Predicting the pKa of a compound from first principles remains a challenge, despite all of the many algorithmic and methodological advantages within the sphere of computational chemistry. Predicting the gas-phase deprotonation energy is relatively straightforward as I detail in Section 2.2 of my book. The difficulty is in treating the solvent and the interaction of the acid and its conjugate base in solution. Considering that we are most interested in acidities in water, a very polar solvent, the interactions between water and the conjugate base and the proton are likely to be large and important!

Baker and Pulay report a procedure for determining acidities with the aim of high throughput.1 Thus, computational efficiency is a primary goal. Their approach is to compute the enthalpy change for deprotonation in solution using a continuum treatment and then employ a linear fit to predict the pKa with the equation:

pKa(c) = αcΔH + βc

where c designates a class of compound, such as alcohol, carboxylic acid, amine, etc. Fitting constants αc and βc need to be found then for each unique class of compound, where the fitting is to experimental pKas in water. In their test suite, they employed eleven anilines and amines, seven pyridines, nine alcohols and phenols, and seven carboxylic acids.

They test a number of different computational variants: (a) what functional to employ, (b) what basis set to use for optimizing structures, and (c) what basis set to use for the enthalpy computation. They opt to employ COSMO for treating the solvent and quickly reject the use of gas phase structures (and particularly use of geometries obtained with molecular mechanics. Their ultimate model is OLYP/6-311+G**//3-21G(d) with the COSMO solvation model. Mean deviation is less than 0.4 pK units. They do note that use of HF or PW91 provides similar small errors, but ultimately favor OLYP for its computational performance.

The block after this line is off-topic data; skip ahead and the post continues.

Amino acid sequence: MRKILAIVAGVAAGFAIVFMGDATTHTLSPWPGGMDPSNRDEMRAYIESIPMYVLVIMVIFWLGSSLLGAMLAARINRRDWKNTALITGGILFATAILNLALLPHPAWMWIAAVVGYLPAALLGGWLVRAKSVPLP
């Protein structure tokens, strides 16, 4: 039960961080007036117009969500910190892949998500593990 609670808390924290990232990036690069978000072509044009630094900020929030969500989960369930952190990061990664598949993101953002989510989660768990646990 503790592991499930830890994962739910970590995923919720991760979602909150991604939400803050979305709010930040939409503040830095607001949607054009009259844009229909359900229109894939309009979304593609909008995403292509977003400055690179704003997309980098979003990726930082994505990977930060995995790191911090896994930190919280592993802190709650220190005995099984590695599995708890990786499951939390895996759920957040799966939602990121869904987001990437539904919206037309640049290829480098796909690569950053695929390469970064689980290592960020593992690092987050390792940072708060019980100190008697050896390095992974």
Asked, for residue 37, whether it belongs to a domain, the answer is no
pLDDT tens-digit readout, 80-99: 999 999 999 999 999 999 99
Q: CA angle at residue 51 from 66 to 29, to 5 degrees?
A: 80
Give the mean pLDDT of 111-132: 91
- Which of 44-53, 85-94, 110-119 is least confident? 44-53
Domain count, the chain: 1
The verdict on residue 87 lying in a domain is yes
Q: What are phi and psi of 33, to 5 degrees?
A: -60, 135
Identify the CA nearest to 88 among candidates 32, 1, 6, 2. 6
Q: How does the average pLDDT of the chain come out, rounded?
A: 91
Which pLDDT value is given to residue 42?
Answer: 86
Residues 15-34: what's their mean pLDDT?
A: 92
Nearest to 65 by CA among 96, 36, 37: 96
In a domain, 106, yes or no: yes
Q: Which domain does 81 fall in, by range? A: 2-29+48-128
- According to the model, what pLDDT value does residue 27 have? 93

While this procedure offers some guidance for future computation of acidity, I find a couple of issues. First, it relies on fitted parameters for every class of compound. If one is interested in a new class, then one must develop the appropriate parameters – and the experimental values may not be available or perhaps an insufficient number of them are experimentally available. Second, the parameters cover-up a great deal of problematic computational sins, like the solvation energy of the proton, small basis sets, missing correlation energies, missing dispersion corrections etc. A purist might hope for a computational algorithm that allows for systematic correction and improvement in the estimation of pKas. Further work needs to be done to meet this higher goal.


(1) Zhang, S.; Baker, J.; Pulay, P., "A Reliable and Efficient First Principles-Based Method for Predicting pKa Values. 1. Methodology," J. Phys. Chem. A 2010, 114 , 425-431, DOI: 10.1021/jp9067069